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Green Party narrowly votes against establishing co-leaders of different genders

120 members voted against the motion, while 116 voted in favour.

Green Party Leader Eamon Ryan and Deputy Leader Catherine Martin in February 2020 ahead of the general election.
Green Party Leader Eamon Ryan and Deputy Leader Catherine Martin in February 2020 ahead of the general election.
Image: Sam Boal

THE GREEN PARTY has voted against establishing two co-leader positions at the party’s online convention today.

Members voted against a motion that would have instated two co-leaders for the Green Party instead of a leader and deputy leader.

If the motion had passed, it would also have stipulated that the two co-leaders would need to be of different genders.

120 members voted against the motion, while 116 voted in favour and a further 16 abstained. 

Proposing the motion, MEP Grace O’Sullivan said that two co-leaders of different genders would send a message of “progressive unity” and be “in the best interest of the party going forward”.

O’Sullivan said the Green Party “stands for equality and equal rights” and that if members could have voted to have Eamon Ryan and Catherine Martin as co-leaders in the party’s recent leadership election, it would have been the “dream team”.

“It’s time for the Green Party in Ireland to have a co-leadership with a male and female leader,” O’Sullivan said.

The motion was to amend to article 5.7.1 of the party’s constitution so that it would state: “The party shall have shared Co-Leaders of different genders. Co-Leaders shall be elected by preferendum through a national ballot of members.”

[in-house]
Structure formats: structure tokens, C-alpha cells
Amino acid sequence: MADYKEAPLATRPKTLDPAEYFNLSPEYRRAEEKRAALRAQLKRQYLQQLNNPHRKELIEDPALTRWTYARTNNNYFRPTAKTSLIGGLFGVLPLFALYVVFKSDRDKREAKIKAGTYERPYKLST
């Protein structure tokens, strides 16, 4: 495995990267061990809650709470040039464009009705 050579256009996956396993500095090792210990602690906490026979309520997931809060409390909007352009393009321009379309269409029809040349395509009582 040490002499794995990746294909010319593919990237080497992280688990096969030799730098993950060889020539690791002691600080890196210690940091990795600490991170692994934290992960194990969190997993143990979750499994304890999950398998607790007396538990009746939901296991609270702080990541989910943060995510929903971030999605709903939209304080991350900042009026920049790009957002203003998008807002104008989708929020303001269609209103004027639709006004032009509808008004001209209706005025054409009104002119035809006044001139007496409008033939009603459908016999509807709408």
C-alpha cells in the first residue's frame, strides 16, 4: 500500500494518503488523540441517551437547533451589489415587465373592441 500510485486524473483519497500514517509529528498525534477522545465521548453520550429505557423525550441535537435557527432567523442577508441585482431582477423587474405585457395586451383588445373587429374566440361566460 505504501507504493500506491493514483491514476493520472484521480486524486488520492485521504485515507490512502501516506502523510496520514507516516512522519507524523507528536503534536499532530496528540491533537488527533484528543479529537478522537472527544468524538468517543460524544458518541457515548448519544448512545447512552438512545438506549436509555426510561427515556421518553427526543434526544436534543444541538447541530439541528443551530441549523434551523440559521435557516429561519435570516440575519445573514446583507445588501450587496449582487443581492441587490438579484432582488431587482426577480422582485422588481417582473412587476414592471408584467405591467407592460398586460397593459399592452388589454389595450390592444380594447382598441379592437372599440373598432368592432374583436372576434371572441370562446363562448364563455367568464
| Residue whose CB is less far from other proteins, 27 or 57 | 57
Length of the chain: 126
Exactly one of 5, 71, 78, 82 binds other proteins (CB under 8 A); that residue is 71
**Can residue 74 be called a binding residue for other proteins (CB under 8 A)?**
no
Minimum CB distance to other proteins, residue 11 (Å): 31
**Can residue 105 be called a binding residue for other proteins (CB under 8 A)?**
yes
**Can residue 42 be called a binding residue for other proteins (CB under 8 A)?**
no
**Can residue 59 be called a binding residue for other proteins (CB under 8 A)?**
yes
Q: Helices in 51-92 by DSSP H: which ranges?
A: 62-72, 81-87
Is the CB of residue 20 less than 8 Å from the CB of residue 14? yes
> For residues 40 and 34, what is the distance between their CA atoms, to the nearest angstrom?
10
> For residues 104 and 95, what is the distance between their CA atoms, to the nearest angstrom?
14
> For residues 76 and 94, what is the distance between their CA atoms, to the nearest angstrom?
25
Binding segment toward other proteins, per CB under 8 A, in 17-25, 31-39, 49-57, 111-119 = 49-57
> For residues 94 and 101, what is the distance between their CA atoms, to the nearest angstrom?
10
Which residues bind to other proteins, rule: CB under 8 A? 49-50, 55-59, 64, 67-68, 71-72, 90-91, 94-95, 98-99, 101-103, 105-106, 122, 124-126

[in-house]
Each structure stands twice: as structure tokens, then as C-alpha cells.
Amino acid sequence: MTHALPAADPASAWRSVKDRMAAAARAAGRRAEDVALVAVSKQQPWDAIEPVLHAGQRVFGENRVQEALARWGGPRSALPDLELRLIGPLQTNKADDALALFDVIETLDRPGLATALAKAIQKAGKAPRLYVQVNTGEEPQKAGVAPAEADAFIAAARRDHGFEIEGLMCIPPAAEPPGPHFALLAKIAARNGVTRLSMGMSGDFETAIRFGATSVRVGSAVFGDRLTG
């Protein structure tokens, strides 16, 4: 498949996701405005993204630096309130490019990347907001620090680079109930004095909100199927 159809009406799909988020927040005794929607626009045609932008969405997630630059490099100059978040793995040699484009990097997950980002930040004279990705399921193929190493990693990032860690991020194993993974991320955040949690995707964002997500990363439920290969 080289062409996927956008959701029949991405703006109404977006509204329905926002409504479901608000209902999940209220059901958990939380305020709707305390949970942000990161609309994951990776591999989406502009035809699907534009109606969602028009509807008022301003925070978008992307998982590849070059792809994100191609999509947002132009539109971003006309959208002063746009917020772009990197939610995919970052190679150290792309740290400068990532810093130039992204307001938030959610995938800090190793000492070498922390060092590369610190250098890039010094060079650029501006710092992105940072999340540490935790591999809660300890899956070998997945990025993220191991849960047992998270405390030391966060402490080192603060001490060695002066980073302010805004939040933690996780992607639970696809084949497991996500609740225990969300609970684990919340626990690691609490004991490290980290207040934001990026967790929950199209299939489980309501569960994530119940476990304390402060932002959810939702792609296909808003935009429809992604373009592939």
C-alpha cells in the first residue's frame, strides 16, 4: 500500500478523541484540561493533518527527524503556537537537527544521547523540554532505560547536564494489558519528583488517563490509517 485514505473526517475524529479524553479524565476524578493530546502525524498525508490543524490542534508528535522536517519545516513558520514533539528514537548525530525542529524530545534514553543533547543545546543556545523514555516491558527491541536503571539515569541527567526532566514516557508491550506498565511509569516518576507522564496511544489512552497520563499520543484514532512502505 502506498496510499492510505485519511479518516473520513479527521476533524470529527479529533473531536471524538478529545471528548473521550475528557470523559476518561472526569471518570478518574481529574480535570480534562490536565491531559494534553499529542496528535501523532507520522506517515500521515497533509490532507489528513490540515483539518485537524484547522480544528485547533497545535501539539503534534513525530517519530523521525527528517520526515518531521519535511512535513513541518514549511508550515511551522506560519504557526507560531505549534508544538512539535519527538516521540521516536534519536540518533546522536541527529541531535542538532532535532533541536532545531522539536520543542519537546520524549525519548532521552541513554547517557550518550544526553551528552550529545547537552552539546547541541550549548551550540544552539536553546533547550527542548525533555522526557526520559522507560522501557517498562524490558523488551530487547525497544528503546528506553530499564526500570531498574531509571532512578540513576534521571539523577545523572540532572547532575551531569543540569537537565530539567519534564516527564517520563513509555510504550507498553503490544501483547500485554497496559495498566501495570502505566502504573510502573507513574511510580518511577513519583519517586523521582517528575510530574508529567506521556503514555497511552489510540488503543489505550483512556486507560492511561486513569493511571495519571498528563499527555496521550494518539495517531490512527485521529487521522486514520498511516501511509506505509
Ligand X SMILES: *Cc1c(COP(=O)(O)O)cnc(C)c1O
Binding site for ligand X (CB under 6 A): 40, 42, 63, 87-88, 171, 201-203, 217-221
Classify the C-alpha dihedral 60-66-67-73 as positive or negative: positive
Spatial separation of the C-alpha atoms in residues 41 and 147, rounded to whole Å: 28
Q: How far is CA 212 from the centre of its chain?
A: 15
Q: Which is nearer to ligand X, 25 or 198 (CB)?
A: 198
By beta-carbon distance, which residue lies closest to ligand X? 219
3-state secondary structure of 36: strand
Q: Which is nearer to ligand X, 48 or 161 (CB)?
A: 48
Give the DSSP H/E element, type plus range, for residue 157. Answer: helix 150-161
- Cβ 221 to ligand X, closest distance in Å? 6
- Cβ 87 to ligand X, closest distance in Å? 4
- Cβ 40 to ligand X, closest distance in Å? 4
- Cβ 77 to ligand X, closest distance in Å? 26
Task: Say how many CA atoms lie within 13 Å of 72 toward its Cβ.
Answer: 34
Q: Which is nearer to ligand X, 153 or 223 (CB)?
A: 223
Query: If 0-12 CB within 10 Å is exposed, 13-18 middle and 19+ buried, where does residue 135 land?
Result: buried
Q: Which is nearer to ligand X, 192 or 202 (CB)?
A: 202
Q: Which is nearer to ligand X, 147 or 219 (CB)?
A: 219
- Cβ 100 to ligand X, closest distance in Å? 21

“Once a candidate for Co-Leader has been deemed elected, the remaining candidate(s) from that gender shall be eliminated. The votes shall be distributed to the remaining candidates for the Co-Leader position.”

“The nomination and election procedure for Party Leader candidates shall be determined by the Executive Committee.”

Speakers that opposed the motion raised concerns around the effectiveness of a co-leadership model and the benefits of the public being able to identify one clear party leader.

A proposed amendment to the motion, which would have seen it come into effect sooner than waiting for the next leadership election, also failed.

122 voted against the amendment, 99 voted in favour, and 23 abstained.

Earlier today, the Green Party voted in favour of allowing meetings to take place entirely, or partly, by telephone or online amid a growing reliance on technology around the country for running meetings during Covid-19.

However, a motion fell on limiting the number of ordinary members of the executive committee from any one region to four.

The motion, which did not pass, would have meant that of the ten members elected at an annual convention, there could be no more than four resident in one of five specific areas.

The areas are Dublin; the rest of Leinster; Munster; Connacht, Cavan, Donegal and Monaghan; and Northern Ireland.

Earlier today, Green Party spokesperson for health Neasa Hourigan told members that the government must allocate more funding to mental health, disability services and maternal care in the wake of Covid-19. 

Hourigan said that Covid-19 has put people under “immense pressure” and called for the budget to demonstrate a “renewed commitment to mental health and mental health funding”.

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Party leader Eamon Ryan and Deputy Party Leader Catherine Martin will address the convention this evening.

Martin is expected to tell members that the party must keep “fighting”, “campaigning” and “agitating” for green change and values.

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